Female animals (10-week-old) were anaesthetised with sodium pentobarbitone (72 mg/kg body weight). The carotid artery and a femoral vein were cannulated using plastic tubing (internal diameter 0·44 mm) filled with heparinised saline (9 g NaCl/l). The carotid was connected to a saline-filled plastic dome containing a distensible membrane, attached to a pressure transducer. This allowed direct determination of blood pressure, which was tracked using a pre-calibrated chart recorder. The femoral line was used for intravenous infusions (Saglikes et al. 1985). After 30 min to stabilise blood pressure following surgery, angiotensin II was administered in increasing doses from 1 to 40 ng/kg body weight (intravenously, in saline (9 g NaCl/ l)). Each dose was administered twice and the mean response recorded. An interval of at least 5 min between doses was allowed for the clearance of the previous dose, and for the re-establishment of a stable blood pressure baseline following vascular compensation.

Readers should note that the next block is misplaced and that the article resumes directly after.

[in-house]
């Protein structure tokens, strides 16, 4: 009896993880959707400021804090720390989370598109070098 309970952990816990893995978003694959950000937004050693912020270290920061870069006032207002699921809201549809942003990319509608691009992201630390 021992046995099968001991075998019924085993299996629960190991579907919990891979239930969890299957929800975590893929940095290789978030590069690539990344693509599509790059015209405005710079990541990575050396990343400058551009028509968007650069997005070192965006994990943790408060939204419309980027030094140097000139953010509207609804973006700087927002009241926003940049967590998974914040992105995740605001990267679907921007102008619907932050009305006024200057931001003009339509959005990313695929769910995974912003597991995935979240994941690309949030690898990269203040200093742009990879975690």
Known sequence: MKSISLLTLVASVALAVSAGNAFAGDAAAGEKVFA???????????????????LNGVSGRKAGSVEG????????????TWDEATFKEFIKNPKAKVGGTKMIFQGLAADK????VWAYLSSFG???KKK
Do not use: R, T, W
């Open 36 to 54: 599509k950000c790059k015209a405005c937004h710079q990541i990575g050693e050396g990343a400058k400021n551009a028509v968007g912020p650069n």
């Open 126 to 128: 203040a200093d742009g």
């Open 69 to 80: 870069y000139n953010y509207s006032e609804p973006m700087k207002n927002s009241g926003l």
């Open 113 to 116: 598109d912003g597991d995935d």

Nephron number was determined using a maceration method based upon that reported by Welham et al. (2002) At killing, whole left kidneys were fixed in buffered formalin and stored for up to 2 months. For nephron counting, the kidneys were incubated in 0·1 M-HCl at 37°C for 30 min and then homogenised in 5 ml PBS (10 mm-potassium phosphate, 2·7 mM-NaCl, pH 7·4). Aliquots of the homogenate (20 μl) were removed and placed on microscope slides for nephron counting under low power (×10). Triplicate aliquots were counted for each kidney and the average count multiplied by 250 to derive the number of nephrons per kidney. The CV for this measurement was 2·6 % based upon fifteen repeat counts of the same sample.